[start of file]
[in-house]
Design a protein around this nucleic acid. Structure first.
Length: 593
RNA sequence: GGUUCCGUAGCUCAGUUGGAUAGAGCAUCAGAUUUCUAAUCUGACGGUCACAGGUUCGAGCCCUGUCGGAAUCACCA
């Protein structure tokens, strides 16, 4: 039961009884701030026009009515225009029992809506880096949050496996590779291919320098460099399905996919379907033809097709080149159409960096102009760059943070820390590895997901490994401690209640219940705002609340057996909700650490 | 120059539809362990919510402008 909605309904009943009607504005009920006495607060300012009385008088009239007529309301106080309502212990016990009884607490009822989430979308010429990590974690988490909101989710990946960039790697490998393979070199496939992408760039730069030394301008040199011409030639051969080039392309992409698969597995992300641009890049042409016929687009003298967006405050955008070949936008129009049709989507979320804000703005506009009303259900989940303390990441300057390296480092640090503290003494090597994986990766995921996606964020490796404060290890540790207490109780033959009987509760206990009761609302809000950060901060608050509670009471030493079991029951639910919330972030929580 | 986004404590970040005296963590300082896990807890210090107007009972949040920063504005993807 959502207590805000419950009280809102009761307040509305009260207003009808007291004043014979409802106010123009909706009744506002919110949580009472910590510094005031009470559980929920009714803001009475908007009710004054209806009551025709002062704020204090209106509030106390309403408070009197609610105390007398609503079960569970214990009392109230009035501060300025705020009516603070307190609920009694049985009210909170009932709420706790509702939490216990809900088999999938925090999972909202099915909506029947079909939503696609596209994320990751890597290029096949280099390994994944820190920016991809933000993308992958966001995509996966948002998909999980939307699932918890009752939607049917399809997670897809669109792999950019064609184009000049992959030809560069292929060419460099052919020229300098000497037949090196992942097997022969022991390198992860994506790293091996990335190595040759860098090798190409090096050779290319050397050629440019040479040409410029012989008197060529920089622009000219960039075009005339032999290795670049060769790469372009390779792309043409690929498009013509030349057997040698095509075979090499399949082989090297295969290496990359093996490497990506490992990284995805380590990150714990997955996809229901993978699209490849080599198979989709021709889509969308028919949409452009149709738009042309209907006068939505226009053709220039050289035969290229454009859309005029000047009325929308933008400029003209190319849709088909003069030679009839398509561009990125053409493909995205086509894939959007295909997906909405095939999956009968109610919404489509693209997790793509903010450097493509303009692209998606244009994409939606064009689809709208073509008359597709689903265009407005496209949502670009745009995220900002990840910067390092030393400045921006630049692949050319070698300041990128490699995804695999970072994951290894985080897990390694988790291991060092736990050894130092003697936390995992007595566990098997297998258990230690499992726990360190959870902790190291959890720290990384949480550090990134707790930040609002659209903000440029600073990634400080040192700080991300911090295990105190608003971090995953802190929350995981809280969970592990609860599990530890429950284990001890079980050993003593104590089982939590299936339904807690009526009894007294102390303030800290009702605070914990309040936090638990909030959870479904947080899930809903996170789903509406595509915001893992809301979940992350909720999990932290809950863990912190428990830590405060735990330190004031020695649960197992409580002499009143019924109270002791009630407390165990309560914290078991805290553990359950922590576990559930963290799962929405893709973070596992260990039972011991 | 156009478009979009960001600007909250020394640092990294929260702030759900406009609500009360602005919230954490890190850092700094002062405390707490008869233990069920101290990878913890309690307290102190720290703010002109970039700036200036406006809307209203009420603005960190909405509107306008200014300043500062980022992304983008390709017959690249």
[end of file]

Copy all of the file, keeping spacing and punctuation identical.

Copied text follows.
[in-house]
Design a protein around this nucleic acid. Structure first.
Length: 593
RNA sequence: GGUUCCGUAGCUCAGUUGGAUAGAGCAUCAGAUUUCUAAUCUGACGGUCACAGGUUCGAGCCCUGUCGGAAUCACCA
């Protein structure tokens, strides 16, 4: 039961009884701030026009009515225009029992809506880096949050496996590779291919320098460099399905996919379907033809097709080149159409960096102009760059943070820390590895997901490994401690209640219940705002609340057996909700650490 | 120059539809362990919510402008 909605309904009943009607504005009920006495607060300012009385008088009239007529309301106080309502212990016990009884607490009822989430979308010429990590974690988490909101989710990946960039790697490998393979070199496939992408760039730069030394301008040199011409030639051969080039392309992409698969597995992300641009890049042409016929687009003298967006405050955008070949936008129009049709989507979320804000703005506009009303259900989940303390990441300057390296480092640090503290003494090597994986990766995921996606964020490796404060290890540790207490109780033959009987509760206990009761609302809000950060901060608050509670009471030493079991029951639910919330972030929580 | 986004404590970040005296963590300082896990807890210090107007009972949040920063504005993807 959502207590805000419950009280809102009761307040509305009260207003009808007291004043014979409802106010123009909706009744506002919110949580009472910590510094005031009470559980929920009714803001009475908007009710004054209806009551025709002062704020204090209106509030106390309403408070009197609610105390007398609503079960569970214990009392109230009035501060300025705020009516603070307190609920009694049985009210909170009932709420706790509702939490216990809900088999999938925090999972909202099915909506029947079909939503696609596209994320990751890597290029096949280099390994994944820190920016991809933000993308992958966001995509996966948002998909999980939307699932918890009752939607049917399809997670897809669109792999950019064609184009000049992959030809560069292929060419460099052919020229300098000497037949090196992942097997022969022991390198992860994506790293091996990335190595040759860098090798190409090096050779290319050397050629440019040479040409410029012989008197060529920089622009000219960039075009005339032999290795670049060769790469372009390779792309043409690929498009013509030349057997040698095509075979090499399949082989090297295969290496990359093996490497990506490992990284995805380590990150714990997955996809229901993978699209490849080599198979989709021709889509969308028919949409452009149709738009042309209907006068939505226009053709220039050289035969290229454009859309005029000047009325929308933008400029003209190319849709088909003069030679009839398509561009990125053409493909995205086509894939959007295909997906909405095939999956009968109610919404489509693209997790793509903010450097493509303009692209998606244009994409939606064009689809709208073509008359597709689903265009407005496209949502670009745009995220900002990840910067390092030393400045921006630049692949050319070698300041990128490699995804695999970072994951290894985080897990390694988790291991060092736990050894130092003697936390995992007595566990098997297998258990230690499992726990360190959870902790190291959890720290990384949480550090990134707790930040609002659209903000440029600073990634400080040192700080991300911090295990105190608003971090995953802190929350995981809280969970592990609860599990530890429950284990001890079980050993003593104590089982939590299936339904807690009526009894007294102390303030800290009702605070914990309040936090638990909030959870479904947080899930809903996170789903509406595509915001893992809301979940992350909720999990932290809950863990912190428990830590405060735990330190004031020695649960197992409580002499009143019924109270002791009630407390165990309560914290078991805290553990359950922590576990559930963290799962929405893709973070596992260990039972011991 | 156009478009979009960001600007909250020394640092990294929260702030759900406009609500009360602005919230954490890190850092700094002062405390707490008869233990069920101290990878913890309690307290102190720290703010002109970039700036200036406006809307209203009420603005960190909405509107306008200014300043500062980022992304983008390709017959690249």